Climate Research- Tundra
Lesson 2 of 4
Objective: SWBAT use electronic resources to conduct research and collect data about different climate zones.
We have been studying seasonal weather and talking about how temperature, humidity, precipitation and wind change from day to day. Now we are going to switch gears and look at larger patterns.
What kind of predictions do you think meteorologists can make about regions?
For example, instead of making predictions about the weather in Tucson, do you think that meteorologists can make predictions (based on observed patterns) about seasonal weather in all of southern Arizona?
all of the desert southwest?
all arid/ desert climates?
What would be the point of making these predictions?
How reliable is a regional prediction compared to a local one? Benefits? Drawbacks?
Explore - Overview
My focus in today's lesson is to develop students' ability to use specific scientific vocabulary and their ability to take meaningful notes using graphic organizers.
In this section of the lesson, I guide students through a brief overview of climate. We discuss how the concept of climate is different from the concept of weather. It's a concept many adults struggle with and is it is worth spending time on.
First, to help students switch their thinking over from local weather and seasonal weather, I show them this short, excellent video, How Does the Climate System Work? When using high-level video content, I like to show the video in its entirety prior to stopping repeatedly. This allows students a chance to hear fluent language and get the gist of the content prior to the close examination. I think this strategy is an analogous to previewing a chapter prior to reading it closely. I remind the students that they are not expected or required to understand everything they hear, and that I want them just to get an overall general sense of what climate might mean from the fluent language and excellent visual aids. The second time through, I pause and encourage them to write down 2 or 3 ideas that that they think might be important or about which they are curious. I also clarify key vocabulary for them. Some of them drew tiny diagrams.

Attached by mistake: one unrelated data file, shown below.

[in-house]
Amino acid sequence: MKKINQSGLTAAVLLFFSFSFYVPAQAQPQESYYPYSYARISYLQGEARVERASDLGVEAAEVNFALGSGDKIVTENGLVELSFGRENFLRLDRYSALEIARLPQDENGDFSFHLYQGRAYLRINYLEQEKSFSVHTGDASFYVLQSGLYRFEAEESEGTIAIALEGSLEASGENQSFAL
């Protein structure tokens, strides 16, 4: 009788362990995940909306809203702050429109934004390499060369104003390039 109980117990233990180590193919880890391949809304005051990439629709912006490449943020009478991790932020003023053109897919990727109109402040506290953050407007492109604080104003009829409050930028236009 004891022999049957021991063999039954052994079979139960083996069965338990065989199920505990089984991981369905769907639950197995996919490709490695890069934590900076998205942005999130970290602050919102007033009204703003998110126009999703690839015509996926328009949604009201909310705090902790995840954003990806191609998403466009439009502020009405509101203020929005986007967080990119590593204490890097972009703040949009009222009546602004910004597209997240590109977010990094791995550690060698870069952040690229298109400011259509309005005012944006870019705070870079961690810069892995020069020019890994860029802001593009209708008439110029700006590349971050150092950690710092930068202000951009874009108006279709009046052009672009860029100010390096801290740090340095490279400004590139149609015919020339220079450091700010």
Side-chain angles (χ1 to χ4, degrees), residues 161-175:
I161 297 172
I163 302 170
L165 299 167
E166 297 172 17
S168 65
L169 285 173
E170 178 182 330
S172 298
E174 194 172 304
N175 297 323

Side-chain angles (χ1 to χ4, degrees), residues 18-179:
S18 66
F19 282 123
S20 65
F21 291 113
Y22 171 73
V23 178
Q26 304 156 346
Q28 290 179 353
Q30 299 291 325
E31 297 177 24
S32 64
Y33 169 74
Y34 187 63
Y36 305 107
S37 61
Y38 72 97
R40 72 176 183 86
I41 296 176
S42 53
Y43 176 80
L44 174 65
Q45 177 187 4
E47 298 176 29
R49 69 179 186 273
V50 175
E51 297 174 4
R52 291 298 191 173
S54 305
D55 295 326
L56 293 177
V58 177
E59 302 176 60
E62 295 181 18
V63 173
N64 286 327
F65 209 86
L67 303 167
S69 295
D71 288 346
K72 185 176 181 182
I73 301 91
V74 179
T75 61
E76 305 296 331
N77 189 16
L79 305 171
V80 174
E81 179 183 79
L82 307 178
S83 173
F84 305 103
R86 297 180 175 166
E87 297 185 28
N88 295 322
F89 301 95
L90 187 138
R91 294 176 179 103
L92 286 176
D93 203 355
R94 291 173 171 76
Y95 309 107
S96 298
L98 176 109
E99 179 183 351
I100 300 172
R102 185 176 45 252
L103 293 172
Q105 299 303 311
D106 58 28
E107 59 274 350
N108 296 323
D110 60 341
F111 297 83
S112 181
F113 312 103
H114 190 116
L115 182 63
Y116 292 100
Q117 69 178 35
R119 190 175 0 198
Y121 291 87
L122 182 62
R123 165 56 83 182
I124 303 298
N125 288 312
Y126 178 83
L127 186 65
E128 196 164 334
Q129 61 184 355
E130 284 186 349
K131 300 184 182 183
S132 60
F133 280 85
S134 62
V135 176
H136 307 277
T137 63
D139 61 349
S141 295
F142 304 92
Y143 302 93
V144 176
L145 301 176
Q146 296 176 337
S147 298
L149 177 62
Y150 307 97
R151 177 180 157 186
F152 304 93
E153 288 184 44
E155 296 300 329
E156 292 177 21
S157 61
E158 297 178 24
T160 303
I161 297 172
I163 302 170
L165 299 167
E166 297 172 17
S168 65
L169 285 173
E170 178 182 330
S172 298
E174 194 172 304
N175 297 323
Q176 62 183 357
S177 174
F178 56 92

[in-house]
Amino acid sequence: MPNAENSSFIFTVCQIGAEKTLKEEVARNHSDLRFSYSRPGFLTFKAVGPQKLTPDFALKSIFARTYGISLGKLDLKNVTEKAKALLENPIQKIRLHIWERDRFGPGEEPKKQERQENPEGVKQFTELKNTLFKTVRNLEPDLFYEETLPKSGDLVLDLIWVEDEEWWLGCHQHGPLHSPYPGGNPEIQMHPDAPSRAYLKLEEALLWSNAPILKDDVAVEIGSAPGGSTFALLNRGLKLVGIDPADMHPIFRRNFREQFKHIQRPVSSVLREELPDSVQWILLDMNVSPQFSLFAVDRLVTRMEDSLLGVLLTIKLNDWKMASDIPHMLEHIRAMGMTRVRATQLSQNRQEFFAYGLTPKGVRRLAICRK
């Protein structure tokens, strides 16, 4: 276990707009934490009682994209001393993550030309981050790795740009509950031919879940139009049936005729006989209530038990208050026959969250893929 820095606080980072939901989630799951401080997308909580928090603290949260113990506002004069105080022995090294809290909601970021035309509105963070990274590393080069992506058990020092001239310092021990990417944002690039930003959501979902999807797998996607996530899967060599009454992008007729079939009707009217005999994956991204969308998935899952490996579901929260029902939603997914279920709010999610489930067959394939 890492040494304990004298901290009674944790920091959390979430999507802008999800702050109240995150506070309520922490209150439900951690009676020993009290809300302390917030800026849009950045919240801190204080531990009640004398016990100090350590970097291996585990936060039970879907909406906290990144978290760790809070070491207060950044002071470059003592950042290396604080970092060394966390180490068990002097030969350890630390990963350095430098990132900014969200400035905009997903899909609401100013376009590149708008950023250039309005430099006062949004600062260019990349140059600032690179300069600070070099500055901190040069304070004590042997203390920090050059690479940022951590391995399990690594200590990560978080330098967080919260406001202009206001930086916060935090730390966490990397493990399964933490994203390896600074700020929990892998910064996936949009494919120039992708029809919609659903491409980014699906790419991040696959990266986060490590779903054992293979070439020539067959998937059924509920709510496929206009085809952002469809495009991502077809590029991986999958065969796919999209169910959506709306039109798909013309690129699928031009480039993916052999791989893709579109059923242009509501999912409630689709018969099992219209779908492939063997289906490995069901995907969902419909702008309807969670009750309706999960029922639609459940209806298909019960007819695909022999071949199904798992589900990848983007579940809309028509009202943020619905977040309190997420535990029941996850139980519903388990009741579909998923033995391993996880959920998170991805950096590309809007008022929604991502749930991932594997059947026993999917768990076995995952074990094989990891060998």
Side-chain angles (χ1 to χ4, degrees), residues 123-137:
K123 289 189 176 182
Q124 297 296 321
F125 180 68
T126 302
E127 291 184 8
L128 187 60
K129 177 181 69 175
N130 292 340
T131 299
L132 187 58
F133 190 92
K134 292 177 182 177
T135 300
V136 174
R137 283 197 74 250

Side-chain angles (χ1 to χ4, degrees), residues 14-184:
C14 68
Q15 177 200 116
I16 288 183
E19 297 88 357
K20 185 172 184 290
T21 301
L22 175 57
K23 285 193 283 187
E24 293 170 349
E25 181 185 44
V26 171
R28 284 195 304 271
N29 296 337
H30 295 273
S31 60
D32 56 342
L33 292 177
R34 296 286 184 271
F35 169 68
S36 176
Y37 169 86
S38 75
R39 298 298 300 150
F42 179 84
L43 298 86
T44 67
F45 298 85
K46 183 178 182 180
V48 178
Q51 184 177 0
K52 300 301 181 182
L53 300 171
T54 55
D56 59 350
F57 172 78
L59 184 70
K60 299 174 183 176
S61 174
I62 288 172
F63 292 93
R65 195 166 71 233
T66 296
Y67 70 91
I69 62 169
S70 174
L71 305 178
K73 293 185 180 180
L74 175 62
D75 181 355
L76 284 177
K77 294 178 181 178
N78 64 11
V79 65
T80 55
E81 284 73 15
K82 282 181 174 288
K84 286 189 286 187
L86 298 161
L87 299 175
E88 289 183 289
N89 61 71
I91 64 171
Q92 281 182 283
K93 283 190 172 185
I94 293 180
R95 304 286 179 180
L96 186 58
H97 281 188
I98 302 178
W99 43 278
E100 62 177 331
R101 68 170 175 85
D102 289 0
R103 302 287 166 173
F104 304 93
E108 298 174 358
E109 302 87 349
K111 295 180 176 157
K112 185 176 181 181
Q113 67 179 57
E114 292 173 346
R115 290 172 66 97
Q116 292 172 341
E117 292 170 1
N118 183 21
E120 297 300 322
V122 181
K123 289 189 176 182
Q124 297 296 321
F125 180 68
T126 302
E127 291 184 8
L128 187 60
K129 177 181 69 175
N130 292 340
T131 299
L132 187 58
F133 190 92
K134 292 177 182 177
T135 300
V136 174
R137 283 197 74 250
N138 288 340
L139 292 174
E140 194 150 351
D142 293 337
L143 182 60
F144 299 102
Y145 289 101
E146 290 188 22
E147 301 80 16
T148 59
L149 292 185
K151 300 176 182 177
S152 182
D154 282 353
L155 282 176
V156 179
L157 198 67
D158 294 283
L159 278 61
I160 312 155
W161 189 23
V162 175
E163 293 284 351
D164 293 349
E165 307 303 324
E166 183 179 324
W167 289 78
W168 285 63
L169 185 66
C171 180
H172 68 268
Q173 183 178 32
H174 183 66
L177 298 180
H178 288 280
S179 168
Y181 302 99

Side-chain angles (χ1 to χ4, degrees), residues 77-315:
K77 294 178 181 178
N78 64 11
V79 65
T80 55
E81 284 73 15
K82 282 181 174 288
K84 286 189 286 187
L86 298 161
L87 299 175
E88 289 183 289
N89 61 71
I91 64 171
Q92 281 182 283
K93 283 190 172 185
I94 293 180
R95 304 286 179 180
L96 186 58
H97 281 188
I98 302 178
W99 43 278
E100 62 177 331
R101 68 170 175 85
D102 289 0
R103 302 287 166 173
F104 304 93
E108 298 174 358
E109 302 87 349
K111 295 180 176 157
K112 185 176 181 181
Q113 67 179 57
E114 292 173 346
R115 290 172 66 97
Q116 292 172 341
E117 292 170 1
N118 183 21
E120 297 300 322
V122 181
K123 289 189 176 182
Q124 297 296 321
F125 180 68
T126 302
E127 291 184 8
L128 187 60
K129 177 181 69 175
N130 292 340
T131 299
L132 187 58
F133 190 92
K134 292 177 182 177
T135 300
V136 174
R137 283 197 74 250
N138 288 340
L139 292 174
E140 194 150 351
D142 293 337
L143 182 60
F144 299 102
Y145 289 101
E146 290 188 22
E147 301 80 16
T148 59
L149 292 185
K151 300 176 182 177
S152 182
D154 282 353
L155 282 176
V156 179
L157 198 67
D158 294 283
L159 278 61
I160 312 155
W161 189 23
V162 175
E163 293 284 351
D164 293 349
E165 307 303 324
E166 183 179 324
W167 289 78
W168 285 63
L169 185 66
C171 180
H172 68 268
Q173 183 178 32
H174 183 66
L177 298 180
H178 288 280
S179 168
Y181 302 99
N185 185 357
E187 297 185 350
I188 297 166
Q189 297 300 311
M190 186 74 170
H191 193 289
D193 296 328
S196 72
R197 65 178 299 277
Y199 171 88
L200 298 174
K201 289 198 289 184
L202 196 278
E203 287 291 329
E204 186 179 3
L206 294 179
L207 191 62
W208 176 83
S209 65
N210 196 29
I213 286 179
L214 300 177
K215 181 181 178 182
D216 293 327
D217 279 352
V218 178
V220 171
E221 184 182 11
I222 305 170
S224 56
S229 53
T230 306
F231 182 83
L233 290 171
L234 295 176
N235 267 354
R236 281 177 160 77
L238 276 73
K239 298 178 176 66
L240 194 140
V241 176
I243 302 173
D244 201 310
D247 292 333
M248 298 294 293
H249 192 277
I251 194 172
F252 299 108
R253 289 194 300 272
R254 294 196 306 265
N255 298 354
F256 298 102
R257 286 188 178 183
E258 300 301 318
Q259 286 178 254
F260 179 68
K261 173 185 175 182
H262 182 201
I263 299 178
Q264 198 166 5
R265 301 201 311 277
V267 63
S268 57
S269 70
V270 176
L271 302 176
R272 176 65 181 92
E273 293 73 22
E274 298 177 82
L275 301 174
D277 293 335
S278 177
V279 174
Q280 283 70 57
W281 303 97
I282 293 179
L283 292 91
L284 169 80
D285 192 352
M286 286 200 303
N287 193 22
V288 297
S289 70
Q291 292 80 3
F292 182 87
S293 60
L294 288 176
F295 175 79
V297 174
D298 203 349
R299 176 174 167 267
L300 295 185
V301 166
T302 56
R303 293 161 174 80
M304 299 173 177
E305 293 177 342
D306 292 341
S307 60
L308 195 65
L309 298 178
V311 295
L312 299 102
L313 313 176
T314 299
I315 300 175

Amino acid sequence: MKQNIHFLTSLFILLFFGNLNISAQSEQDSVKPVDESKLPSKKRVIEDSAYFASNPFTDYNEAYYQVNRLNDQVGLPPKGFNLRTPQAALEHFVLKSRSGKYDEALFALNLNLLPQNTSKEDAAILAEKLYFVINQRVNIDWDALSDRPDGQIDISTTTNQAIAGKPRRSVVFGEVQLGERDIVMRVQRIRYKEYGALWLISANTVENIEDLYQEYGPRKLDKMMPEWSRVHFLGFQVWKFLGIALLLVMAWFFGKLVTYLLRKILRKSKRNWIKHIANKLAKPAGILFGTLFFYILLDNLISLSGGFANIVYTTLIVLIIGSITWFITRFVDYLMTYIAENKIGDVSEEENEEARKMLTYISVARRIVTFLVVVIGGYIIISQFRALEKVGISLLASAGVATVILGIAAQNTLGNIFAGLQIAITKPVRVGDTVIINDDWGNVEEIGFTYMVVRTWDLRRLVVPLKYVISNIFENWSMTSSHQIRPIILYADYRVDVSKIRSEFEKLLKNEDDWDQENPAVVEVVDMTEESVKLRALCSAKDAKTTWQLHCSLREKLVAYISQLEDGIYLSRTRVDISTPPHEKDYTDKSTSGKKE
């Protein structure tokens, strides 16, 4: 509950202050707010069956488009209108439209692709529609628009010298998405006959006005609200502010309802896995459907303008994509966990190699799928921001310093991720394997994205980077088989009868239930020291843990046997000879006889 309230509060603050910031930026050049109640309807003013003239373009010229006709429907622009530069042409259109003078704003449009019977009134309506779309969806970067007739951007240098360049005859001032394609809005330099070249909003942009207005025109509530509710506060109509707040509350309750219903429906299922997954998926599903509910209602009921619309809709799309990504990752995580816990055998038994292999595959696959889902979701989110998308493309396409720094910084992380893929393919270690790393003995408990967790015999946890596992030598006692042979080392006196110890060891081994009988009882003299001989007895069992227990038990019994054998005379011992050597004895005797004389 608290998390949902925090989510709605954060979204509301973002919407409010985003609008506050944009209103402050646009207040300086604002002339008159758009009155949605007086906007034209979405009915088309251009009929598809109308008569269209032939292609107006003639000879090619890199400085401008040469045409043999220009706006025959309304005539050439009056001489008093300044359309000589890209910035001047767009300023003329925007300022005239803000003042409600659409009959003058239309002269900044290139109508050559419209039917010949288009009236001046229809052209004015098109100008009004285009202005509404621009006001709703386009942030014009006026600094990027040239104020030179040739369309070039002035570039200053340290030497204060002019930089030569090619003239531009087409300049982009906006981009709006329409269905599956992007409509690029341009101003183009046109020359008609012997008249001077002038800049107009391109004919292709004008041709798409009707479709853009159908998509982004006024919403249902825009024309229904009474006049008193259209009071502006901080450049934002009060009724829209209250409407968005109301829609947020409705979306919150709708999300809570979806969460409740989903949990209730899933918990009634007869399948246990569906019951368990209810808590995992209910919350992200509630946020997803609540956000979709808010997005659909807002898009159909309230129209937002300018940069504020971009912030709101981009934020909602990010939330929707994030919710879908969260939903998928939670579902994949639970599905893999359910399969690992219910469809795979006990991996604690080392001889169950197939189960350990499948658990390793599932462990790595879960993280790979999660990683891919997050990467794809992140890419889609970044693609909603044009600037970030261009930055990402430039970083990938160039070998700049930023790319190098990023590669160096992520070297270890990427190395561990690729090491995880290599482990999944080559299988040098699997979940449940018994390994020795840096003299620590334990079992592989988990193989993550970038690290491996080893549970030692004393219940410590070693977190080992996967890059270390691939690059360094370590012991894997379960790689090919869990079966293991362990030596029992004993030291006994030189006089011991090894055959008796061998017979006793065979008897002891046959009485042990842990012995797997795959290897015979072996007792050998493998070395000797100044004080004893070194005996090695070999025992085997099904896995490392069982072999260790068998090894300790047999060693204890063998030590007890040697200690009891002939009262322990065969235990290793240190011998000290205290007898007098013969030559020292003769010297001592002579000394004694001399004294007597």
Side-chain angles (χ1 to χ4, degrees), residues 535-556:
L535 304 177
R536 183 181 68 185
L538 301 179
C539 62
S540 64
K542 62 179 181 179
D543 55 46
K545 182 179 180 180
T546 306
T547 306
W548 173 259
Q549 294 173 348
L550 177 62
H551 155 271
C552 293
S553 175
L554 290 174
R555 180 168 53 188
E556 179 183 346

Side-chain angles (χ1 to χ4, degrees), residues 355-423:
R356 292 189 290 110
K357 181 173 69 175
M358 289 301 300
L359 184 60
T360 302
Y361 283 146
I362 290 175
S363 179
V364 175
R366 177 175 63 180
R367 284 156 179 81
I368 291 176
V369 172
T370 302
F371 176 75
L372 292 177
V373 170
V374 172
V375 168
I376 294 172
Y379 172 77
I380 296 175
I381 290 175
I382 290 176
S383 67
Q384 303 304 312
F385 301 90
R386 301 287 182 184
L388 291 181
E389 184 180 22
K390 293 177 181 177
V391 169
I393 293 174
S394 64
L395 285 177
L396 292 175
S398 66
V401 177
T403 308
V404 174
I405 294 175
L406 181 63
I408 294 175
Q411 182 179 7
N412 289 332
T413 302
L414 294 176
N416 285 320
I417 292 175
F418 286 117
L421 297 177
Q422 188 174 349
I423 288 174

I am continually taking steps to increase my students us of appropriate and precise scientific vocabulary, just as we work towards specificity in our creative and expository writing. As students add to their graphic organizer about the tundra, I emphasize words related to climate, which often overlap with weather words, of course. Prior to providing them with sentence frames, I look over the notes students free wrote on their own, as well as what they jotted down when I asked them to note one observation. Here is an example of what student wrote and how it evolved:
In order to assist students in working towards more specific writing, I either project these sentence stems or I print them and provide students with either individual or table copies. I ask them to be prepared to add on to what they have already written, using these sentence stems/frames as a guide, and let them know that they will be asked to share, either with peers or with the whole group. Here are some examples of Possible Sentence Frames and Sentence Stems.